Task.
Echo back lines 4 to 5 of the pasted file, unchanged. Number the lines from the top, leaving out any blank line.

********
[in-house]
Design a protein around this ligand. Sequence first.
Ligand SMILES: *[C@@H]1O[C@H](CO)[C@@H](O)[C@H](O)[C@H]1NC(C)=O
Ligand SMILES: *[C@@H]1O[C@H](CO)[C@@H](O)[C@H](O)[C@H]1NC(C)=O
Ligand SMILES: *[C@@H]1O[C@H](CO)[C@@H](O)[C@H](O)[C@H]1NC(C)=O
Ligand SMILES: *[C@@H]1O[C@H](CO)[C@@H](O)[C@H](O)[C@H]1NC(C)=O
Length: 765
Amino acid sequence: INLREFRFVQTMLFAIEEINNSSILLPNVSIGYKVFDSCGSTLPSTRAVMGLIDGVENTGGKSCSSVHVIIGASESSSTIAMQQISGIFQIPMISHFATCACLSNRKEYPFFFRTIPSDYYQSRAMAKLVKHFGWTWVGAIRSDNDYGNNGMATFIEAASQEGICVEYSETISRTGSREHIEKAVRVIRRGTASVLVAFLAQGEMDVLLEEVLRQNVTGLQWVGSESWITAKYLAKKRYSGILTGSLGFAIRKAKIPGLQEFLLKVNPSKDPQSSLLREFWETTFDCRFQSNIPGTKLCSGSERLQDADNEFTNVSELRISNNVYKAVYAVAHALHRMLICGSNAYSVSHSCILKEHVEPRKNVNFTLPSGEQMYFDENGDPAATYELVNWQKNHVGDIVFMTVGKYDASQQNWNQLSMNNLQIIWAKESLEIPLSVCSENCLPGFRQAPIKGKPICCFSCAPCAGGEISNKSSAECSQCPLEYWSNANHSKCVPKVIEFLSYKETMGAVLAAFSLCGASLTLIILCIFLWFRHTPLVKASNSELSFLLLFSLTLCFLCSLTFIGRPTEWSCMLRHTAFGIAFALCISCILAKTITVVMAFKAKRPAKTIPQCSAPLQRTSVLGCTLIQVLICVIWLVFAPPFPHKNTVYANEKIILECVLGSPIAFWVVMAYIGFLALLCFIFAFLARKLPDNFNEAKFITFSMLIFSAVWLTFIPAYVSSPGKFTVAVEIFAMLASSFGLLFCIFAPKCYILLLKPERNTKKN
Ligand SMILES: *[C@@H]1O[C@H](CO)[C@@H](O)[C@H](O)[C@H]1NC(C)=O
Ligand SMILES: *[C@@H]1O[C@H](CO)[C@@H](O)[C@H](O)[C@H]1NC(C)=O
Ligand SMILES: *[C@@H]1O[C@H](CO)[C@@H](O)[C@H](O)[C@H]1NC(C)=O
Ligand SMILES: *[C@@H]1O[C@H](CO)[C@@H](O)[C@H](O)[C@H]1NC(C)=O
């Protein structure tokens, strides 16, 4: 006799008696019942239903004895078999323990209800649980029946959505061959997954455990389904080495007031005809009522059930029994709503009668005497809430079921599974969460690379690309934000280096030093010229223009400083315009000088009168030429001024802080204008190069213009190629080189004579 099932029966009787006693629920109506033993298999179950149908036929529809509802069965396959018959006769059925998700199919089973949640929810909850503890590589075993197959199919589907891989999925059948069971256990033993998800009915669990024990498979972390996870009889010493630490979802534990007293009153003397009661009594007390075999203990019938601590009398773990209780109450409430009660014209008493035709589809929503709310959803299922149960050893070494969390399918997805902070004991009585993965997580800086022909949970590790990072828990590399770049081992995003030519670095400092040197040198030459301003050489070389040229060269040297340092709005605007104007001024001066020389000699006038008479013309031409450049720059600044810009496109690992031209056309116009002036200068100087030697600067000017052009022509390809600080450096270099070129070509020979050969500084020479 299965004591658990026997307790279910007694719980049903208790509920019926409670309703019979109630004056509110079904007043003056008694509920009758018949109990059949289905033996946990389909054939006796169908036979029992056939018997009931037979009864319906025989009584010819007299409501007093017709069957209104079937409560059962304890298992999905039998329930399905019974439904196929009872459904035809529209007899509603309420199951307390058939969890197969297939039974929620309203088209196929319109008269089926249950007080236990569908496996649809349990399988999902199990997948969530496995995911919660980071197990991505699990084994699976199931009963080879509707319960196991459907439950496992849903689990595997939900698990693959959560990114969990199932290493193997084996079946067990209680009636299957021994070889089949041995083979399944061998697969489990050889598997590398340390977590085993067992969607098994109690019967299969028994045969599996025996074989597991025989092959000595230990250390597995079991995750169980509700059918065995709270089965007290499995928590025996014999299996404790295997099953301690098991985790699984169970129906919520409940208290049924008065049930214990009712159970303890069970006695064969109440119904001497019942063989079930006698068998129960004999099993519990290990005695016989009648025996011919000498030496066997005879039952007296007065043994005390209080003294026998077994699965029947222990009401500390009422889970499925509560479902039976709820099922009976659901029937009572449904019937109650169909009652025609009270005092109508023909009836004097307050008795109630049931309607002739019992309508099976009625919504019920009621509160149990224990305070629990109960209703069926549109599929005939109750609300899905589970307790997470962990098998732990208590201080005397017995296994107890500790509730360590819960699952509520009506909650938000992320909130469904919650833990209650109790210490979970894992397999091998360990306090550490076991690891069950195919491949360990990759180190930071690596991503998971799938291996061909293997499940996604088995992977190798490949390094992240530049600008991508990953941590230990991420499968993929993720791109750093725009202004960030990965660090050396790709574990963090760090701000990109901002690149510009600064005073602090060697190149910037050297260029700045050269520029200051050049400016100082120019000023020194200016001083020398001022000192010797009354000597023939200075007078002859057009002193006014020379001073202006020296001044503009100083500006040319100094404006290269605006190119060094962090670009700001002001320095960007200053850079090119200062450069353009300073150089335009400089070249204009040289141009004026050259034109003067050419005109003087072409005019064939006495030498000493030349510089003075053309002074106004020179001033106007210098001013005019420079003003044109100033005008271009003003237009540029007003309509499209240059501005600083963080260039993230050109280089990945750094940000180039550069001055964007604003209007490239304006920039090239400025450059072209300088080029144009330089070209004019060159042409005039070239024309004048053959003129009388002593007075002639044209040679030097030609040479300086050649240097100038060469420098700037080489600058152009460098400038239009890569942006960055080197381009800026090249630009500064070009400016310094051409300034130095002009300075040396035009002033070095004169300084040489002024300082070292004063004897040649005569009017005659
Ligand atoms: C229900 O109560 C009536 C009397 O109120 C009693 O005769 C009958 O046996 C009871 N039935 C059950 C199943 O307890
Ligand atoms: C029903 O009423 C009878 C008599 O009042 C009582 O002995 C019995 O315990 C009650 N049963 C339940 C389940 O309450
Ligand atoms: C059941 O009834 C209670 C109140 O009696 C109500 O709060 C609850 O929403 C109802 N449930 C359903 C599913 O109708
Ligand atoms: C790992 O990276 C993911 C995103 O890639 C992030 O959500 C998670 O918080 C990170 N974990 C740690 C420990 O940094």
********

Ligand SMILES: *[C@@H]1O[C@H](CO)[C@@H](O)[C@H](O)[C@H]1NC(C)=O
Ligand SMILES: *[C@@H]1O[C@H](CO)[C@@H](O)[C@H](O)[C@H]1NC(C)=O